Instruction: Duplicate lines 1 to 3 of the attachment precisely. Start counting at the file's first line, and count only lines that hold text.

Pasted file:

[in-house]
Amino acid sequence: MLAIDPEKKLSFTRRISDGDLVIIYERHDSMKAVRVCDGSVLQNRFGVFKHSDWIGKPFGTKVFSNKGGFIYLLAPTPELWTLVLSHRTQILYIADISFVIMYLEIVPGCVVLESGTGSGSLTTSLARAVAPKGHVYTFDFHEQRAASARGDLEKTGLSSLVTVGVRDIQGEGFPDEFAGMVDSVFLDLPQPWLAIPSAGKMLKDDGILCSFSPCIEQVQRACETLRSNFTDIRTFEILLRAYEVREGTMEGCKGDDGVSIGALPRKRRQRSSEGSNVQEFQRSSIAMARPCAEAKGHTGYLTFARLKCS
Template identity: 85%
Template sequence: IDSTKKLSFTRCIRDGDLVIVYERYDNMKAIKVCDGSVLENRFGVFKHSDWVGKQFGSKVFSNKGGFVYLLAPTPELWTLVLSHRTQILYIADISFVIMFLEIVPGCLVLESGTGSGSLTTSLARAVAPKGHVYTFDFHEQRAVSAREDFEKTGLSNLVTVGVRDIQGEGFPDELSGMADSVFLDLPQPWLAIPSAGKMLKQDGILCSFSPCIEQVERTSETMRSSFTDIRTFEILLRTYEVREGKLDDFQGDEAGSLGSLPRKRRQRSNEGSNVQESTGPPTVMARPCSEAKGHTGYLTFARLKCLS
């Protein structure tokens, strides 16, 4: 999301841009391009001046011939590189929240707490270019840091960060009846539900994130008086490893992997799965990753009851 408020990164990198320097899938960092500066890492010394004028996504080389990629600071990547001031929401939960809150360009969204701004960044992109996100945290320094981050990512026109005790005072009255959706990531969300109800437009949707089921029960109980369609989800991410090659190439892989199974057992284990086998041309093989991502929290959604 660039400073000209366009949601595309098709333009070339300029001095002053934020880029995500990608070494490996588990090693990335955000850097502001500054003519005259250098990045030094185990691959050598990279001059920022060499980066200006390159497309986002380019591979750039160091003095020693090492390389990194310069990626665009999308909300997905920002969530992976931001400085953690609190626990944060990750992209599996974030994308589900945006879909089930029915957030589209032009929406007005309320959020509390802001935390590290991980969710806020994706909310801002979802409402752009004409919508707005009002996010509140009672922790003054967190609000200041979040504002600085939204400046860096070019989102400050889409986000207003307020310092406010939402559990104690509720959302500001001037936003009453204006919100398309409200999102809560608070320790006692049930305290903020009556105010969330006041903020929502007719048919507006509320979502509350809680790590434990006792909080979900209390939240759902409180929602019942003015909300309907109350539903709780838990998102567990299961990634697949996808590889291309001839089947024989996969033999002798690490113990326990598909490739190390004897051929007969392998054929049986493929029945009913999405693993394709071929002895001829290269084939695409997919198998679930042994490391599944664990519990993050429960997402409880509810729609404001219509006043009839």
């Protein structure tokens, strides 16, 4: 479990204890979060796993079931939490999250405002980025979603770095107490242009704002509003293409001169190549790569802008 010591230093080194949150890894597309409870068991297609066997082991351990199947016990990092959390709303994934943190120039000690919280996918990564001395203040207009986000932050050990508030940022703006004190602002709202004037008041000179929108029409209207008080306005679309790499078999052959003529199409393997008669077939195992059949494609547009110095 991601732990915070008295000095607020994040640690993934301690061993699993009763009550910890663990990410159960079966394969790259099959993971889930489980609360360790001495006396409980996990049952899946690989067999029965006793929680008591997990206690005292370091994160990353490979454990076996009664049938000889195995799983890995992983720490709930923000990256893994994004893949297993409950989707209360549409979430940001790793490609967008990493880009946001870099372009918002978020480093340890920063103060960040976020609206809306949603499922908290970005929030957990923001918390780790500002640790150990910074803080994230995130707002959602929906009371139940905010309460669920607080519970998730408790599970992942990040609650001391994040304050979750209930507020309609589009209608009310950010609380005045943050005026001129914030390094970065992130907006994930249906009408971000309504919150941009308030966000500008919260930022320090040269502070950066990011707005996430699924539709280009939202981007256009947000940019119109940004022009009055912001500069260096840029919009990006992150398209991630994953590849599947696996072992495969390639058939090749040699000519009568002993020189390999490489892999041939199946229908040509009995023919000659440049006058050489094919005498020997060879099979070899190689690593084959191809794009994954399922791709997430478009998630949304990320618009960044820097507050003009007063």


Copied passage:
[in-house]
Amino acid sequence: MLAIDPEKKLSFTRRISDGDLVIIYERHDSMKAVRVCDGSVLQNRFGVFKHSDWIGKPFGTKVFSNKGGFIYLLAPTPELWTLVLSHRTQILYIADISFVIMYLEIVPGCVVLESGTGSGSLTTSLARAVAPKGHVYTFDFHEQRAASARGDLEKTGLSSLVTVGVRDIQGEGFPDEFAGMVDSVFLDLPQPWLAIPSAGKMLKDDGILCSFSPCIEQVQRACETLRSNFTDIRTFEILLRAYEVREGTMEGCKGDDGVSIGALPRKRRQRSSEGSNVQEFQRSSIAMARPCAEAKGHTGYLTFARLKCS
Template identity: 85%